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How Expensive is the Welfare State?: Gross and Net Indicators in the OECD Social Expenditure Database (SOCX)

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  • Willem Adema

    (OECD)

  • Maxime Ladaique

    (OECD)

Abstract

This paper first presents information on trends and composition of social expenditure across the OECD. Gross public social expenditure on average across OECD increased from 16% of GDP in 1980 to 21% in 2005, of which public pensions (7% of GDP) and public health expenditure (6% of GDP) are the largest items. This paper then accounts for the effects of the tax system and private social expenditure which leads to a greater similarity in social expenditure-to-GDP ratios across countries and to a reassessment of the magnitude of welfare states. After accounting for the impact of taxation and private benefits, social expenditure (1) amounts to over 30% of GDP at factor cost in Belgium, Germany, and France and (2) ranges within a few percentage points of each other in Austria, Canada, Denmark, Finland, Italy, the Netherlands, Portugal and the United States. Ce document présente les tendances et la composition des dépenses sociales des pays de l’OCDE. Les dépenses sociales publiques brutes on augmenté de 16 % du PIB en 1980 à 21 % du PIB en 2005, dont les retraites publiques (7 % du PIB) et les dépenses de santé publique (6 % du PIB) représentent les plus grandes catégories de dépenses en moyenne en 2005. Ce document examine ensuite les effets de l'intervention du gouvernement sur les dépenses sociales par le système fiscal et la prise en compte des prestations sociales privées, qui ont pour effet d’égaliser les ratios entre les niveaux des dépenses sociales et le PIB. Après la prise en compte des prestations sociales privées et de l’impact de la fiscalité, les dépenses sociales atteignent plus de 30 % du PIB aux coûts des facteurs en Belgique, Allemagne et France ; enfin les écarts entre les dépenses sociales en Autriche, Canada, Danemark, Finlande, Italie, Pays-Bas, Portugal et aux États-Unis ne sont que de quelques points de pourcentage.

Suggested Citation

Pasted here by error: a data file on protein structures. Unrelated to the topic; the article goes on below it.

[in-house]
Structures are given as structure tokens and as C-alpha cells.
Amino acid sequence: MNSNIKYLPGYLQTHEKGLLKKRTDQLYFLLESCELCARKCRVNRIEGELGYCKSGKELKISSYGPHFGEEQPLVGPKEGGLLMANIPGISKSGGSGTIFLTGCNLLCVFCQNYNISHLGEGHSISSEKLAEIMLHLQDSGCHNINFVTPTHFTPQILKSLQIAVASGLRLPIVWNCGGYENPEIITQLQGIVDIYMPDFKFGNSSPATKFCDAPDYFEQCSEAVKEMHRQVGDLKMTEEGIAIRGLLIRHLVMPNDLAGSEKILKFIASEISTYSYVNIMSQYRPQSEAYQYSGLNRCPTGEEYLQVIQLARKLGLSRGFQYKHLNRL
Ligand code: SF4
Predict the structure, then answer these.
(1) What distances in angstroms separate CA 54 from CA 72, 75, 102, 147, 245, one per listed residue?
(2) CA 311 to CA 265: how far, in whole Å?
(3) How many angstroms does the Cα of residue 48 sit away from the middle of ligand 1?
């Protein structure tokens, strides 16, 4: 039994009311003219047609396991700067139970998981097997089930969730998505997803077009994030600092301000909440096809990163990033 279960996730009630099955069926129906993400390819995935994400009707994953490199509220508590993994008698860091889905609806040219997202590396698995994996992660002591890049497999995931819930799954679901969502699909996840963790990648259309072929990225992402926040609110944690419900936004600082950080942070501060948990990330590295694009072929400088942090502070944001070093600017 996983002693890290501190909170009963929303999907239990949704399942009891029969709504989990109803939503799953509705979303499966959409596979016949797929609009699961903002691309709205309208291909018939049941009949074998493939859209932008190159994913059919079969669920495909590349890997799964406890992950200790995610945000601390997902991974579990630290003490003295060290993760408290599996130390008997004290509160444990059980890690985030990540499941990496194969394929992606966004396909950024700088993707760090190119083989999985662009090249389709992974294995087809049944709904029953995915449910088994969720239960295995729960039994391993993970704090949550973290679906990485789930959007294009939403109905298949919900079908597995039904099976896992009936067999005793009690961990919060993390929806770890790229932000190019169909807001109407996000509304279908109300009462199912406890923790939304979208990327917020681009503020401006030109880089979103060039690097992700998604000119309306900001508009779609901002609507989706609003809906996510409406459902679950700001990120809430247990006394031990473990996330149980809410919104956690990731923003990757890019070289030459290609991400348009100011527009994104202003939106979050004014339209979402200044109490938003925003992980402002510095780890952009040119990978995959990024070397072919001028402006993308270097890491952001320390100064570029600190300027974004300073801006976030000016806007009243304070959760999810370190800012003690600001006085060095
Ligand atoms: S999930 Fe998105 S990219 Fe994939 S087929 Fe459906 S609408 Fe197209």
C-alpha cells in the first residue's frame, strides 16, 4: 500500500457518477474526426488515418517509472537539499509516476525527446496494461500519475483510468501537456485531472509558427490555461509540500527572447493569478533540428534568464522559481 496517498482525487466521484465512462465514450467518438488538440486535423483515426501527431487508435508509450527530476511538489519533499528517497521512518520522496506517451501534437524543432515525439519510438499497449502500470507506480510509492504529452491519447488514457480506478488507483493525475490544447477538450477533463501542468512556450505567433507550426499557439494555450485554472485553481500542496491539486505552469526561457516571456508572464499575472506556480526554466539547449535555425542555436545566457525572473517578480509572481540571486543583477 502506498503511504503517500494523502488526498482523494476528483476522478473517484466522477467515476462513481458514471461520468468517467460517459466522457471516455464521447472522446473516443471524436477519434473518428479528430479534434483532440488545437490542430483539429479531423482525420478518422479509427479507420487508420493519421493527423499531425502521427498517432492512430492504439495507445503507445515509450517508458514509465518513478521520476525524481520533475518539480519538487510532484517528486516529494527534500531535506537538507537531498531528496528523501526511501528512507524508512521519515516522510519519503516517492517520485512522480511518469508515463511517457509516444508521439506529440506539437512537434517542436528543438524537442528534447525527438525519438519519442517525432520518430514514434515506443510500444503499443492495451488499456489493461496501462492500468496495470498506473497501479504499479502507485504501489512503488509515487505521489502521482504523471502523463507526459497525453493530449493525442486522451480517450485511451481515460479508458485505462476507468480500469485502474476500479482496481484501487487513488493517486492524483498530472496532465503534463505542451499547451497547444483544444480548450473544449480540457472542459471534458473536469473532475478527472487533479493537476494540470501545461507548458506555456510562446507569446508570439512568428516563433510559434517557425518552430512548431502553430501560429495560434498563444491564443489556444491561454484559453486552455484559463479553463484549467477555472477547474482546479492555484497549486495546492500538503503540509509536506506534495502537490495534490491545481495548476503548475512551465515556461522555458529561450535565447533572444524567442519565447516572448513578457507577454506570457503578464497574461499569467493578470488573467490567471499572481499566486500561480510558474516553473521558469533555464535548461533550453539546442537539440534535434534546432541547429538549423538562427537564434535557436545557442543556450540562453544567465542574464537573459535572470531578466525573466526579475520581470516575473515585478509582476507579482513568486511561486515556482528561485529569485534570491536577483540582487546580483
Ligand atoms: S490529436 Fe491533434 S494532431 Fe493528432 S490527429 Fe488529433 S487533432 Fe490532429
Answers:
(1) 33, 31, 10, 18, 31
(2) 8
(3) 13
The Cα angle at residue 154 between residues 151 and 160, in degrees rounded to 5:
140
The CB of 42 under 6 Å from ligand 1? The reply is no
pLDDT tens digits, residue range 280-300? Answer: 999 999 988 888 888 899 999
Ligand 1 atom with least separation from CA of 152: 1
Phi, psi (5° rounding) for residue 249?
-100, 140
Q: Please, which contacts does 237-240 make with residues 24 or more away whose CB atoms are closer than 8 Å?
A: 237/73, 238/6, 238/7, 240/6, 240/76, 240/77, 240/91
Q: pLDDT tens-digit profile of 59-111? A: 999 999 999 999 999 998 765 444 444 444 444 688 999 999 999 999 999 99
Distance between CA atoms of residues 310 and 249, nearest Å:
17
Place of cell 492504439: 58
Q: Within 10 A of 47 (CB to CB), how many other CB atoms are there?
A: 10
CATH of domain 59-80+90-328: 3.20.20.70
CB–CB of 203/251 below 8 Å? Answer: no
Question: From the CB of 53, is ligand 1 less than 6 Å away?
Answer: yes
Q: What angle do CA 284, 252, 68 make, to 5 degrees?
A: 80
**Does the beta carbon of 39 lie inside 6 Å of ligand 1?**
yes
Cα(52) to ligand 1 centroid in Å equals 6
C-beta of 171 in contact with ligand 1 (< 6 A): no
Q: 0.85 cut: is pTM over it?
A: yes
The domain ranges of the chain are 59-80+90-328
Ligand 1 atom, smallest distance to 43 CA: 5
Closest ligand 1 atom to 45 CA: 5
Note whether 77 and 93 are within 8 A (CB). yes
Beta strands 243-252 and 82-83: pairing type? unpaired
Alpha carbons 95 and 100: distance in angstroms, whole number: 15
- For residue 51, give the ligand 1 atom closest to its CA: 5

• Willem Adema & Maxime Ladaique, 2009. "How Expensive is the Welfare State?: Gross and Net Indicators in the OECD Social Expenditure Database (SOCX)," OECD Social, Employment and Migration Working Papers 92, OECD Publishing.
  • Handle: RePEc:oec:elsaab:92-en
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    File URL: http://dx.doi.org/10.1787/220615515052
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    Cited by:

    1. Dahl, Espen & van der Wel, Kjetil A., 2013. "Educational inequalities in health in European welfare states: A social expenditure approach," Social Science & Medicine, Elsevier, vol. 81(C), pages 60-69.
    2. Glatzer, Miguel, 2012. "Welfare State Growth and the Current Crisis in Portugal: Social Spending and its Challenges," Institute of European Studies, Working Paper Series qt4702x2jm, Institute of European Studies, UC Berkeley.
    3. Pasquale Tridico, 2014. "Welfare models, inequality and economic performance during globalisation," Departmental Working Papers of Economics - University 'Roma Tre' 0191, Department of Economics - University Roma Tre.
    4. Konstantinos, Pouliakas & Ioannis, Theodossiou, 2010. "An Inquiry Into the Theory, Causes and Consequences of Monitoring Indicators of Health and Safety At Work," MPRA Paper 20336, University Library of Munich, Germany.
    5. Isabelle Joumard & Mauro Pisu & Debbie Bloch, 2012. "Tackling income inequality: The role of taxes and transfers," OECD Journal: Economic Studies, OECD Publishing, vol. 2012(1), pages 37-70.
    6. Peter Whiteford, 2010. "The Australian Tax‐Transfer System: Architecture and Outcomes," The Economic Record, The Economic Society of Australia, vol. 86(275), pages 528-544, December.
    7. Fernando Alexandre & Luís Aguiar Conraria & Pedro Bação & Miguel Portela, 2011. "A Poupança em Portugal," GEMF Working Papers 2011-19, GEMF, Faculty of Economics, University of Coimbra.

    More about this item

    Keywords

    private social spending; public welfare system; social policy; tax breaks with a social purpose; taxation of benefit income;

    JEL classification:

    • H2 - Public Economics - - Taxation, Subsidies, and Revenue
    • H53 - Public Economics - - National Government Expenditures and Related Policies - - - Government Expenditures and Welfare Programs

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